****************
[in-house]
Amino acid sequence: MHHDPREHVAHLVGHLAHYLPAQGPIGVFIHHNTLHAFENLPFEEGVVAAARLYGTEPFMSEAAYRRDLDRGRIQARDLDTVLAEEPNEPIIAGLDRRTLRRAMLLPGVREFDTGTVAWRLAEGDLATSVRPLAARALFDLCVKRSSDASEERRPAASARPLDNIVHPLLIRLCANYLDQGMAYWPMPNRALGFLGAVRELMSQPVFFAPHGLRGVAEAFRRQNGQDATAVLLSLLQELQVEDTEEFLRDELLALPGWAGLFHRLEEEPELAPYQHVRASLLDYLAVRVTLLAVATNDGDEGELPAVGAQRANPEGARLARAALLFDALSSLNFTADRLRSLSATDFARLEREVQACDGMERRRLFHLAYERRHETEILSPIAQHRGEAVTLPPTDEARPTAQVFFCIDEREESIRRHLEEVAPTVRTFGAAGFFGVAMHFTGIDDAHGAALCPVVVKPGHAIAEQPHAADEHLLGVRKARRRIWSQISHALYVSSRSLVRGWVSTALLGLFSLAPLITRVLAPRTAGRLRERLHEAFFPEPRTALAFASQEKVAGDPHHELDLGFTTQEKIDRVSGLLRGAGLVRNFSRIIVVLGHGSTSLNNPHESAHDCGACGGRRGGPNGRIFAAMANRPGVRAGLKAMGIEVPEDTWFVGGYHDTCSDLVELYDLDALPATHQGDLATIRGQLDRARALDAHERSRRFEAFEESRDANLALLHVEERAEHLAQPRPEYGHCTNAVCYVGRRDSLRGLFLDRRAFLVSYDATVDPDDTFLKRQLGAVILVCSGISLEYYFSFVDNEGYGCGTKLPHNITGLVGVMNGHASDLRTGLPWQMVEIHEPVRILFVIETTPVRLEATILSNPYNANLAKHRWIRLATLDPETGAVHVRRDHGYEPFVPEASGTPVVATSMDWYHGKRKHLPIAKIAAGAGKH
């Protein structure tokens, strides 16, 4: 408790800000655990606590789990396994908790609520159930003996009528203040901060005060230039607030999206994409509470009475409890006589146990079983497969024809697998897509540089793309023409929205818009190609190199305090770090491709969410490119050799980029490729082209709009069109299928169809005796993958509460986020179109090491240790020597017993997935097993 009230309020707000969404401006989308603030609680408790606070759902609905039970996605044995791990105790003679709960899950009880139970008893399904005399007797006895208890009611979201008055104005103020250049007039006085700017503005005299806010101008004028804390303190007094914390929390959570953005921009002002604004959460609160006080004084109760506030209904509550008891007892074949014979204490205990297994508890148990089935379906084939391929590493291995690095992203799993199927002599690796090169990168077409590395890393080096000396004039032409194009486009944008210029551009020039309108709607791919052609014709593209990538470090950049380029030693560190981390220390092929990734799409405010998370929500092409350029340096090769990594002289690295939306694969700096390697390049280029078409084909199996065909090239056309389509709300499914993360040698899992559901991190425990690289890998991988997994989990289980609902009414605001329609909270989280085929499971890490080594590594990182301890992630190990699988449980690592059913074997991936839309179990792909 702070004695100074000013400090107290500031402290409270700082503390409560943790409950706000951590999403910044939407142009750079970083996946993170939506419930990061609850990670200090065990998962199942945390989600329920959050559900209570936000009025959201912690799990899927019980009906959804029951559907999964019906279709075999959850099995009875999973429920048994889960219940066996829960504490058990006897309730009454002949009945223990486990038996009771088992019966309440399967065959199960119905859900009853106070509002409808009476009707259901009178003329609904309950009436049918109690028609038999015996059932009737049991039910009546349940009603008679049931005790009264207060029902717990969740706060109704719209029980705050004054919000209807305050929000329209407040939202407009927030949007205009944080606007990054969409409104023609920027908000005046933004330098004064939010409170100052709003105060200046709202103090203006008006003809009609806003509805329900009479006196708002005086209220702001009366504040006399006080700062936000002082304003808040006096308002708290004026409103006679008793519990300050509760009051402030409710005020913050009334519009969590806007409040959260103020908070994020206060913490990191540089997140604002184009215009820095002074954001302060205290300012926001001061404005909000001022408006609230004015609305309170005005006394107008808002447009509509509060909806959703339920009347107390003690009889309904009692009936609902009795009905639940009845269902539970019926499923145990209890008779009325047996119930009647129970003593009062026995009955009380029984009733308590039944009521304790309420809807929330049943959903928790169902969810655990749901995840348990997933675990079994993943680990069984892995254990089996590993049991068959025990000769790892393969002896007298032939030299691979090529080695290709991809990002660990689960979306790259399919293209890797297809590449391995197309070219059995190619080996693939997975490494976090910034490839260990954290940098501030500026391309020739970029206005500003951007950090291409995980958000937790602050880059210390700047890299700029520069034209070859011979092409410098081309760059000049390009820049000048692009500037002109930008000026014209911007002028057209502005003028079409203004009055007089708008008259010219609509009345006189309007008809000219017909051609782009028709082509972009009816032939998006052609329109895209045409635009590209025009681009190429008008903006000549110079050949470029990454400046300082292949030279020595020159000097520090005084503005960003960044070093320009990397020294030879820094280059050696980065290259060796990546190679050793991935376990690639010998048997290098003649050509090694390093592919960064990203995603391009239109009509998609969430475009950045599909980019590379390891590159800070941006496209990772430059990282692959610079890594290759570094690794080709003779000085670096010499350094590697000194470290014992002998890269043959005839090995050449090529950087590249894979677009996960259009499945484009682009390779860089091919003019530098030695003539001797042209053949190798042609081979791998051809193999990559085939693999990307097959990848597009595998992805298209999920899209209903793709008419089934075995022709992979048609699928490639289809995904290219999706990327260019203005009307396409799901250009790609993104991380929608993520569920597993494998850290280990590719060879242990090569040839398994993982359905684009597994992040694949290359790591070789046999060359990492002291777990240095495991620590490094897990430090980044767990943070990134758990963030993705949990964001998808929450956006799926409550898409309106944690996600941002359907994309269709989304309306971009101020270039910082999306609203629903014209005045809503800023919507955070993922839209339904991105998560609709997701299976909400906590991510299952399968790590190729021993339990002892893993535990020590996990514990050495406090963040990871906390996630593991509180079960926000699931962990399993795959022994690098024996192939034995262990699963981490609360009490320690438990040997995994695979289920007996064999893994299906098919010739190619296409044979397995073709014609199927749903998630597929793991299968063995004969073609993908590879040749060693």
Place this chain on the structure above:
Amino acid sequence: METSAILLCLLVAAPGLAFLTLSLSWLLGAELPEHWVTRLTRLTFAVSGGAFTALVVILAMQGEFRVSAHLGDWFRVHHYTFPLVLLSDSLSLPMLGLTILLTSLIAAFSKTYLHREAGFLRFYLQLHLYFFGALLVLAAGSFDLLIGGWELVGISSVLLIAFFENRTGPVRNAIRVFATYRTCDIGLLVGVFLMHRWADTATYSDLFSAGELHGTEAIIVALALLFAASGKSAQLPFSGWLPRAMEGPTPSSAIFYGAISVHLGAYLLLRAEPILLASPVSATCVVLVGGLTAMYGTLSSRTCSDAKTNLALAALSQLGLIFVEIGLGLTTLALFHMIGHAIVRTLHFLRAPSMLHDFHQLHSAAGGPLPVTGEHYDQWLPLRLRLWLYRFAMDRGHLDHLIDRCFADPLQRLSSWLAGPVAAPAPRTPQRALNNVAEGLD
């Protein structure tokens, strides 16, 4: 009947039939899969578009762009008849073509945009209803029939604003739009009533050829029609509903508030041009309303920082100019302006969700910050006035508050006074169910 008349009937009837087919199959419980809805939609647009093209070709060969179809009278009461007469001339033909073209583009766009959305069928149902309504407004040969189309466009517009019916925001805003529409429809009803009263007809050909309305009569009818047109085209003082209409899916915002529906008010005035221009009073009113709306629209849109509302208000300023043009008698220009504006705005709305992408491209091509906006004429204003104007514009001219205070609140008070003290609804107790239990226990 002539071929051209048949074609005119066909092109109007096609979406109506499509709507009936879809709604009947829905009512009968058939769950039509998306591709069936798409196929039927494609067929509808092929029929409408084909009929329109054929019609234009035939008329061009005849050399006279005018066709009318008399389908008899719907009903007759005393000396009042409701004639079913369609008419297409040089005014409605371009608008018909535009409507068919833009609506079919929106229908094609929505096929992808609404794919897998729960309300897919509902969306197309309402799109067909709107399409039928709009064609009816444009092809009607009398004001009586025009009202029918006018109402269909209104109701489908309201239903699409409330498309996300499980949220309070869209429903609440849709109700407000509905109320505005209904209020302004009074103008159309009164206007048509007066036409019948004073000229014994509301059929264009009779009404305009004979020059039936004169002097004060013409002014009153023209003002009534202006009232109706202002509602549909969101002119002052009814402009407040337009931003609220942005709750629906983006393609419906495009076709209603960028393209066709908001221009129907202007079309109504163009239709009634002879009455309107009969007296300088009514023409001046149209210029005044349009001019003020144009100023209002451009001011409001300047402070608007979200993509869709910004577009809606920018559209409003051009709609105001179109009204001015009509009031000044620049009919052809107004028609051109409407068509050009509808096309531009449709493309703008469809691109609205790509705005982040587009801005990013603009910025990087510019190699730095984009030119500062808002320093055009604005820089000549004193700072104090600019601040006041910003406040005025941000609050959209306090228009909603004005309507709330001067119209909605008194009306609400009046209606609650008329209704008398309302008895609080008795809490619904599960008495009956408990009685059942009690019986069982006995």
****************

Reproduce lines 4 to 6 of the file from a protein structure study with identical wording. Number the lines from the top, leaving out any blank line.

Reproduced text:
Place this chain on the structure above:
Amino acid sequence: METSAILLCLLVAAPGLAFLTLSLSWLLGAELPEHWVTRLTRLTFAVSGGAFTALVVILAMQGEFRVSAHLGDWFRVHHYTFPLVLLSDSLSLPMLGLTILLTSLIAAFSKTYLHREAGFLRFYLQLHLYFFGALLVLAAGSFDLLIGGWELVGISSVLLIAFFENRTGPVRNAIRVFATYRTCDIGLLVGVFLMHRWADTATYSDLFSAGELHGTEAIIVALALLFAASGKSAQLPFSGWLPRAMEGPTPSSAIFYGAISVHLGAYLLLRAEPILLASPVSATCVVLVGGLTAMYGTLSSRTCSDAKTNLALAALSQLGLIFVEIGLGLTTLALFHMIGHAIVRTLHFLRAPSMLHDFHQLHSAAGGPLPVTGEHYDQWLPLRLRLWLYRFAMDRGHLDHLIDRCFADPLQRLSSWLAGPVAAPAPRTPQRALNNVAEGLD
């Protein structure tokens, strides 16, 4: 009947039939899969578009762009008849073509945009209803029939604003739009009533050829029609509903508030041009309303920082100019302006969700910050006035508050006074169910 008349009937009837087919199959419980809805939609647009093209070709060969179809009278009461007469001339033909073209583009766009959305069928149902309504407004040969189309466009517009019916925001805003529409429809009803009263007809050909309305009569009818047109085209003082209409899916915002529906008010005035221009009073009113709306629209849109509302208000300023043009008698220009504006705005709305992408491209091509906006004429204003104007514009001219205070609140008070003290609804107790239990226990 002539071929051209048949074609005119066909092109109007096609979406109506499509709507009936879809709604009947829905009512009968058939769950039509998306591709069936798409196929039927494609067929509808092929029929409408084909009929329109054929019609234009035939008329061009005849050399006279005018066709009318008399389908008899719907009903007759005393000396009042409701004639079913369609008419297409040089005014409605371009608008018909535009409507068919833009609506079919929106229908094609929505096929992808609404794919897998729960309300897919509902969306197309309402799109067909709107399409039928709009064609009816444009092809009607009398004001009586025009009202029918006018109402269909209104109701489908309201239903699409409330498309996300499980949220309070869209429903609440849709109700407000509905109320505005209904209020302004009074103008159309009164206007048509007066036409019948004073000229014994509301059929264009009779009404305009004979020059039936004169002097004060013409002014009153023209003002009534202006009232109706202002509602549909969101002119002052009814402009407040337009931003609220942005709750629906983006393609419906495009076709209603960028393209066709908001221009129907202007079309109504163009239709009634002879009455309107009969007296300088009514023409001046149209210029005044349009001019003020144009100023209002451009001011409001300047402070608007979200993509869709910004577009809606920018559209409003051009709609105001179109009204001015009509009031000044620049009919052809107004028609051109409407068509050009509808096309531009449709493309703008469809691109609205790509705005982040587009801005990013603009910025990087510019190699730095984009030119500062808002320093055009604005820089000549004193700072104090600019601040006041910003406040005025941000609050959209306090228009909603004005309507709330001067119209909605008194009306609400009046209606609650008329209704008398309302008895609080008795809490619904599960008495009956408990009685059942009690019986069982006995």